He continues instead in his quest for pleasure and intern allows his soul to disintegrate even further. The portrait of Dorian Gray acts as his moral indicator, but Gray simply disregards it. Dorian instead prefers to curtail his sins and live his life with the absence of morality by locking away the portrait. The memory of this terrible portrait however continues to return to haunt him. This makes Dorian paranoid and he fears that the painting will be discovered and his appearance will be forever tarnished to the world.
In Poisonwood Bible and Things Fall Apart, the spearheading male characters succumb to doubts of their own validity despite being initially established as the ones with the most power. The urge to exercise this inherent power reflects an instability within the minds of the owners, creating a sort of deterrence so that outsiders don’t examine closer. If they do, they see brokenness, doubt, fear...all things that a man in power should not feel and should not have the right to feel. These perpetrators of cruelty show their weakness through their actions, as their character is not strong enough to be convincing based on values alone, and slowly chip away at them despite having the intentions of doing the opposite. Those on the receiving end, however, are the ones who benefit in the end, as they become aware of one’s true personality and realize that there is more possibility outside of the abuse.
The deadly rivalry was on both sides after all” (54). Gene begins to take all of Finny’s actions as deliberate sabotages because his envy was controlling him. Gene seemed like a weak character because of his jealousy. It made him seem like he wasn’t as good as Finny or that he was lacking personality or talent. Once the realization came to Gene that Finny indeed did not feel anything but love for him, everything changed.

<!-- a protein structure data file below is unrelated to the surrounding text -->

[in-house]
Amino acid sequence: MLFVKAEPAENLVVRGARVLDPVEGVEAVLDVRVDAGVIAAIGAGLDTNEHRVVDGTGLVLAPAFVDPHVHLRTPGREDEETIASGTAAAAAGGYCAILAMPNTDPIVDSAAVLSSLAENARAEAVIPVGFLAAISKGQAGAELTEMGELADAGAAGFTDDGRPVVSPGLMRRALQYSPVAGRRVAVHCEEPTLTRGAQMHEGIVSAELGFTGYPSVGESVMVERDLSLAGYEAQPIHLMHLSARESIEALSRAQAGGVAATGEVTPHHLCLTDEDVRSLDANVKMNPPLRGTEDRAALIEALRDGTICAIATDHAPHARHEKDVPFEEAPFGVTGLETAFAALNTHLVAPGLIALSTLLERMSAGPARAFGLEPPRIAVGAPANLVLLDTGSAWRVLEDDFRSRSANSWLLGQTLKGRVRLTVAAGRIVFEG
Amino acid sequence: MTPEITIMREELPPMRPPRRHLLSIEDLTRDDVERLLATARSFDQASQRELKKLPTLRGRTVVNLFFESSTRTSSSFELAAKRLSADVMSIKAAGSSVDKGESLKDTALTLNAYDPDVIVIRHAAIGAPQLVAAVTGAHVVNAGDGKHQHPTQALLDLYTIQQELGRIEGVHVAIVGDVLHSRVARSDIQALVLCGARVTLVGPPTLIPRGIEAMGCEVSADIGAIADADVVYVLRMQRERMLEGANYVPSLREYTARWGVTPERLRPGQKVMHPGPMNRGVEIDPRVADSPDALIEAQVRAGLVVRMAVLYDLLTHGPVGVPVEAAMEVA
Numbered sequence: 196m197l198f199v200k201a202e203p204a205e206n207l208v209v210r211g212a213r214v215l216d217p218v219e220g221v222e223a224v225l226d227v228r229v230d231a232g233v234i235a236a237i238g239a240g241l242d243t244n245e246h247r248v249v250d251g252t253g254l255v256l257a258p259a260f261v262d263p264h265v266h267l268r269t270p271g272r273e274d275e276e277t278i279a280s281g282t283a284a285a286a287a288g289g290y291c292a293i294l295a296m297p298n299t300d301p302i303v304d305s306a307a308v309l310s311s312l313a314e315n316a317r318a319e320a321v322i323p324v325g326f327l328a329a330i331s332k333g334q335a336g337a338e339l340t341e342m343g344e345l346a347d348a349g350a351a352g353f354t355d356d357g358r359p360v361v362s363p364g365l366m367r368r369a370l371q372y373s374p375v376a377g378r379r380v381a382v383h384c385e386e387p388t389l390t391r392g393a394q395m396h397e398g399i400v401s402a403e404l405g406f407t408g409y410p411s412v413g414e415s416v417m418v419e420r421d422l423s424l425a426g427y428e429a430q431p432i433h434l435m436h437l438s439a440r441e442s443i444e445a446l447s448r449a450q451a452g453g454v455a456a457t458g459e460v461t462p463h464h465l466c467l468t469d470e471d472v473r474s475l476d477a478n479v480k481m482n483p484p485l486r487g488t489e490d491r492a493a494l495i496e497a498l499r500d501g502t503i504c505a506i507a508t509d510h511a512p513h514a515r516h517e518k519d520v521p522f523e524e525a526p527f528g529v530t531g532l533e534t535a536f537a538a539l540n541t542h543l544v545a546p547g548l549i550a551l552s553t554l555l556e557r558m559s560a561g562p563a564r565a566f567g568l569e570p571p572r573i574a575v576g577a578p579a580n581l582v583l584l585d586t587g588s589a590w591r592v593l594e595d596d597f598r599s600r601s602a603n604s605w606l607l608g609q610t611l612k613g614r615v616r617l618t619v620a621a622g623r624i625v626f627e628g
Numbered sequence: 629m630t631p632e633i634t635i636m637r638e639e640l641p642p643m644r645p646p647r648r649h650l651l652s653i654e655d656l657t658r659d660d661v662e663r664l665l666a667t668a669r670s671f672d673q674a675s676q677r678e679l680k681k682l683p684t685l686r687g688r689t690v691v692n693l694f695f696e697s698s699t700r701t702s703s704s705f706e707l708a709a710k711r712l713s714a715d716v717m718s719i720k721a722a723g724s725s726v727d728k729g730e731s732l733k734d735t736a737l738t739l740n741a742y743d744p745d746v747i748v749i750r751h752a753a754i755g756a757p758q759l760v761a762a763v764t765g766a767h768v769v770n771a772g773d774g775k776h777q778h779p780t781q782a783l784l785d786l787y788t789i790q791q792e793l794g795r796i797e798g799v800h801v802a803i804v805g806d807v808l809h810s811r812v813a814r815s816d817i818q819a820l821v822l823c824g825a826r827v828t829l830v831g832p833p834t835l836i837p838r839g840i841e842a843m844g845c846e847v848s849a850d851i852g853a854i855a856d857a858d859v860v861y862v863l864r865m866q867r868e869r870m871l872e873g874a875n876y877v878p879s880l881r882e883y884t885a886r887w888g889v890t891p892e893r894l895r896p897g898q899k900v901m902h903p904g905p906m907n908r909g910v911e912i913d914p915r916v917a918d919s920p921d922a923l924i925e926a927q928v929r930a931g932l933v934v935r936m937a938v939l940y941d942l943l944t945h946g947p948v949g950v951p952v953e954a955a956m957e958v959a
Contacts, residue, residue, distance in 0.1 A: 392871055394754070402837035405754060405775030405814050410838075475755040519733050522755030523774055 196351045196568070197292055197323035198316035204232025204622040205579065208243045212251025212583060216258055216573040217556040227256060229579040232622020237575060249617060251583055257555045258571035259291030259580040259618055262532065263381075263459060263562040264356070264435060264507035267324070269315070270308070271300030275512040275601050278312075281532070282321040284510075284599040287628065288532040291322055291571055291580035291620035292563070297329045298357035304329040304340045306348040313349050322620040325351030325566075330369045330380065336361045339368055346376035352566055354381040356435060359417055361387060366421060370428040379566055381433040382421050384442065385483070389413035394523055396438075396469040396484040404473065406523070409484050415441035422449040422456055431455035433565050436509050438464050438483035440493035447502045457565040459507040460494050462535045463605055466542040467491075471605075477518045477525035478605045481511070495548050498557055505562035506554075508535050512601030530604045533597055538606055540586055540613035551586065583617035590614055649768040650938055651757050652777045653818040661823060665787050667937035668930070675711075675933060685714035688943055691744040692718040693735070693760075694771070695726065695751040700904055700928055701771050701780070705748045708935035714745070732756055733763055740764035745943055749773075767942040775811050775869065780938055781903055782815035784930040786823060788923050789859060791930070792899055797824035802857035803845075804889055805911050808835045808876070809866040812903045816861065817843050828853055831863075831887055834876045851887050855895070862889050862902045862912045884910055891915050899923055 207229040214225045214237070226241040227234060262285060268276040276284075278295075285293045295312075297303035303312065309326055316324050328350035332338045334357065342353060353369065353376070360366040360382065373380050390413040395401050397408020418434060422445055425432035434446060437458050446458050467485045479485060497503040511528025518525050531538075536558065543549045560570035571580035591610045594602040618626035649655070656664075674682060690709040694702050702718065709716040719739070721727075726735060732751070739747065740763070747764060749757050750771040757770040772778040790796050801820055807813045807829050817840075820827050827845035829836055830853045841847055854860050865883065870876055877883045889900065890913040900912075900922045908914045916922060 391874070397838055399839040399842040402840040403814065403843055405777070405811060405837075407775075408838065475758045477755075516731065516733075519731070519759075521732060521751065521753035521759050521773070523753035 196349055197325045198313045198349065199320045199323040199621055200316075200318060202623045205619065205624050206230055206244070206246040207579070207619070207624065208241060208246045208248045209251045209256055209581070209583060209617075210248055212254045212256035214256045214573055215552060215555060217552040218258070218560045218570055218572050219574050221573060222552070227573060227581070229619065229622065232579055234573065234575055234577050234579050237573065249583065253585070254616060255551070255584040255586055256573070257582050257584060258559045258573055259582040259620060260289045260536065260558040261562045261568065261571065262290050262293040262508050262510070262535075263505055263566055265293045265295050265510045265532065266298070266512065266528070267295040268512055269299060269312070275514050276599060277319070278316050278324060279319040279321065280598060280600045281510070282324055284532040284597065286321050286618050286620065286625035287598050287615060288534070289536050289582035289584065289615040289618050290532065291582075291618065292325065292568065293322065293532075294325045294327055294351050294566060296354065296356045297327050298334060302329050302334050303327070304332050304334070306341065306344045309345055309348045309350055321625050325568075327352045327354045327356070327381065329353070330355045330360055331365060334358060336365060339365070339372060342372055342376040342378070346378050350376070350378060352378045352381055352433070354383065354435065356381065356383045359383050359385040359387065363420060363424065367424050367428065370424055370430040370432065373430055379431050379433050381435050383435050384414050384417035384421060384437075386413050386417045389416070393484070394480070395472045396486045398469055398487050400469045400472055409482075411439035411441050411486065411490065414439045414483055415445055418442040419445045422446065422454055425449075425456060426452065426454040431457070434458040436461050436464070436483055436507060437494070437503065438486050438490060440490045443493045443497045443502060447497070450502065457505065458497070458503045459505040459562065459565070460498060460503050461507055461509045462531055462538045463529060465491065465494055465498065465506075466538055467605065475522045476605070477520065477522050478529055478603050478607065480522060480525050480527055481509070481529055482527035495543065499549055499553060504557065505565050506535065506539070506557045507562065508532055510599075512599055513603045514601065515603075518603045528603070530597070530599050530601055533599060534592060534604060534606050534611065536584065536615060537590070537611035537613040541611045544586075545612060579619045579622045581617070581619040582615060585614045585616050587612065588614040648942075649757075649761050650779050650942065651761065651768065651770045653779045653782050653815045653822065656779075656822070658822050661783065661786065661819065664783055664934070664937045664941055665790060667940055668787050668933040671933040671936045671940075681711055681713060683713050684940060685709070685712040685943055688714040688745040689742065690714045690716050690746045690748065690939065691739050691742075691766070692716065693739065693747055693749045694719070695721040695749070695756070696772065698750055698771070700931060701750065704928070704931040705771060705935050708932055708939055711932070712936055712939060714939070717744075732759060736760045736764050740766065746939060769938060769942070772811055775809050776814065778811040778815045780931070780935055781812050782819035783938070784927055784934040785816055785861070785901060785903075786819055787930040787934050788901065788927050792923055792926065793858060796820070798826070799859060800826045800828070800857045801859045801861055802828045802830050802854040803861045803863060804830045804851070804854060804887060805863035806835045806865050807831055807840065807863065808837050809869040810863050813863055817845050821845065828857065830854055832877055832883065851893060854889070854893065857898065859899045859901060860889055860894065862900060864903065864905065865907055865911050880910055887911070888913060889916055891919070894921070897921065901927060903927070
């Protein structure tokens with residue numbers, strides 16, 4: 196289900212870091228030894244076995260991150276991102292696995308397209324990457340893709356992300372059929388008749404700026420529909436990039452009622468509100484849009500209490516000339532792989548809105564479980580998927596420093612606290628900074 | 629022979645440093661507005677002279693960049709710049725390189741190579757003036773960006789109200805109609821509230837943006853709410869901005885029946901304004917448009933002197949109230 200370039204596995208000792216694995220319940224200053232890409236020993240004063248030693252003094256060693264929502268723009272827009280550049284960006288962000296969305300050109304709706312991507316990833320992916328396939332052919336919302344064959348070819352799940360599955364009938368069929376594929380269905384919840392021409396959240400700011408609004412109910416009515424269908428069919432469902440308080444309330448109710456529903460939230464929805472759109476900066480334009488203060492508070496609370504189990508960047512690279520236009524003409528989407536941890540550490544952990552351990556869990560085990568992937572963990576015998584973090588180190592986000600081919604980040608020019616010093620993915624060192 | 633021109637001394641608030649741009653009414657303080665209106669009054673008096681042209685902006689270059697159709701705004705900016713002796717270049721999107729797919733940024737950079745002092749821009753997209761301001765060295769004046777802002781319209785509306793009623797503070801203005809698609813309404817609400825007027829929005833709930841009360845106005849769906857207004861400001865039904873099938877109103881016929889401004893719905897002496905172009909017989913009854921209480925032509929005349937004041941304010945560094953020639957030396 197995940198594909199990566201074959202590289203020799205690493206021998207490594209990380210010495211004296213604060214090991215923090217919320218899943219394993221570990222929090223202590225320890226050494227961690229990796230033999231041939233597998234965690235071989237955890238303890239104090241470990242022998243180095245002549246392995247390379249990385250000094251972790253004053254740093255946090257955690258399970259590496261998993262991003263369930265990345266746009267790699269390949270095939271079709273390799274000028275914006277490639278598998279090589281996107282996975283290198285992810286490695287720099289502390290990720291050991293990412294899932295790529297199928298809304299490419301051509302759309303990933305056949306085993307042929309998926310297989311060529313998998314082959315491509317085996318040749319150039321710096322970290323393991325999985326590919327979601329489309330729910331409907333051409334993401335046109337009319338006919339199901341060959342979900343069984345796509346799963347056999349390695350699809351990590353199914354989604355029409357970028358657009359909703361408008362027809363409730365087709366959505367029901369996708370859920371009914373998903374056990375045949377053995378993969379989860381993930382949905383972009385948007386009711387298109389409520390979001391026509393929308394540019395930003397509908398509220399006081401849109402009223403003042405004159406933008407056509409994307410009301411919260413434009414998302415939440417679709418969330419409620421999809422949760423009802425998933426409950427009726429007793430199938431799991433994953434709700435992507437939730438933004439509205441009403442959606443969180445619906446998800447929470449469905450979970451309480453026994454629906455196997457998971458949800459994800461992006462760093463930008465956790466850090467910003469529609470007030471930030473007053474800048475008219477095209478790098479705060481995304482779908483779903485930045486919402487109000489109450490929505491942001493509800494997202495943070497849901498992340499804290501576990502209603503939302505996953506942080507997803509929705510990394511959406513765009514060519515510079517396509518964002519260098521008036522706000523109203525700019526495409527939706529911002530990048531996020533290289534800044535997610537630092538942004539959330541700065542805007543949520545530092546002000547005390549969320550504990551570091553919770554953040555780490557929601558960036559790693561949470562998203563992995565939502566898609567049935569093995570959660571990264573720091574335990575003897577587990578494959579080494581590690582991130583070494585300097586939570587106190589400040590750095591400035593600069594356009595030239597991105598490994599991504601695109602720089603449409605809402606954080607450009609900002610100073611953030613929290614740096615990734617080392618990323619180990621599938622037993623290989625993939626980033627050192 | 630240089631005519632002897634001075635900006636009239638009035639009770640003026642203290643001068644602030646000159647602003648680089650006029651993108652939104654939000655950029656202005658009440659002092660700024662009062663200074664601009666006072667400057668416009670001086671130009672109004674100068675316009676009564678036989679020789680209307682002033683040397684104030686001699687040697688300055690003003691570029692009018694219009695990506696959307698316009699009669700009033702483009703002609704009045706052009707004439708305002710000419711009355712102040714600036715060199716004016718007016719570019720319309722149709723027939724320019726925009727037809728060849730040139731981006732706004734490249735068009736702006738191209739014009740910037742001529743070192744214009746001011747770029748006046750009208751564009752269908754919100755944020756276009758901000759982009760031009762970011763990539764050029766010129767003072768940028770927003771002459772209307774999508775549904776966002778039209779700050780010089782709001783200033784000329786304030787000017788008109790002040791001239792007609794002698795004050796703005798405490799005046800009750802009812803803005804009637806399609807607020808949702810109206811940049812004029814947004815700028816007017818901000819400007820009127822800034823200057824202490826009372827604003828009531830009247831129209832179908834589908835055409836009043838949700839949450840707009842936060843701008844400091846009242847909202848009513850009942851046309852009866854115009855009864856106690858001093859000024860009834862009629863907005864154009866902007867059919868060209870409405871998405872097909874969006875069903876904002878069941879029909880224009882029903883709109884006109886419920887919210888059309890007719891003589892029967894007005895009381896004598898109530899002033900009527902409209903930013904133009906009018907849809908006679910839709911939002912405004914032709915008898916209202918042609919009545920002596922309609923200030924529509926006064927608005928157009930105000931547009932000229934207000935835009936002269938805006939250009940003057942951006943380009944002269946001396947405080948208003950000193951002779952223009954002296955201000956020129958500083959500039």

Unfortunately, Courtland gets his hands on Eddie and by doing so, it threatens to compromise Eddie’s moral compass. Once Eddie realizes the extent to which Courtland’s wickedness goes, he regrets ever interacting with Courtland. He realizes he needs to choose his friends more wisely, and he should never let a bully jeopardize his values. To further complicate their relationship, Courtland leaves Eddie to die by locking him in a storeroom and abandoning him teaching Eddie not to trust too easily and to be especially cautious of those who are not reliable. Strangely enough, even though Courtland has proven his immorality repeatedly, Eddie still has compassion upon him: “I didn 't even like Courtland, he had tried to kill me 一and still I felt tears running down my cheeks” (358).
Since the Underground Man’s character has been described as socially isolated since the beginning of the book, his difficulties expressing himself to other individuals was the commencement of a deep angry desire to have some authority over the officer. Rather than letting the incident go he torments himself with it and plans a revenge. A revenge that he cannot pursue because his low income does not allow him to play the role of a sophisticated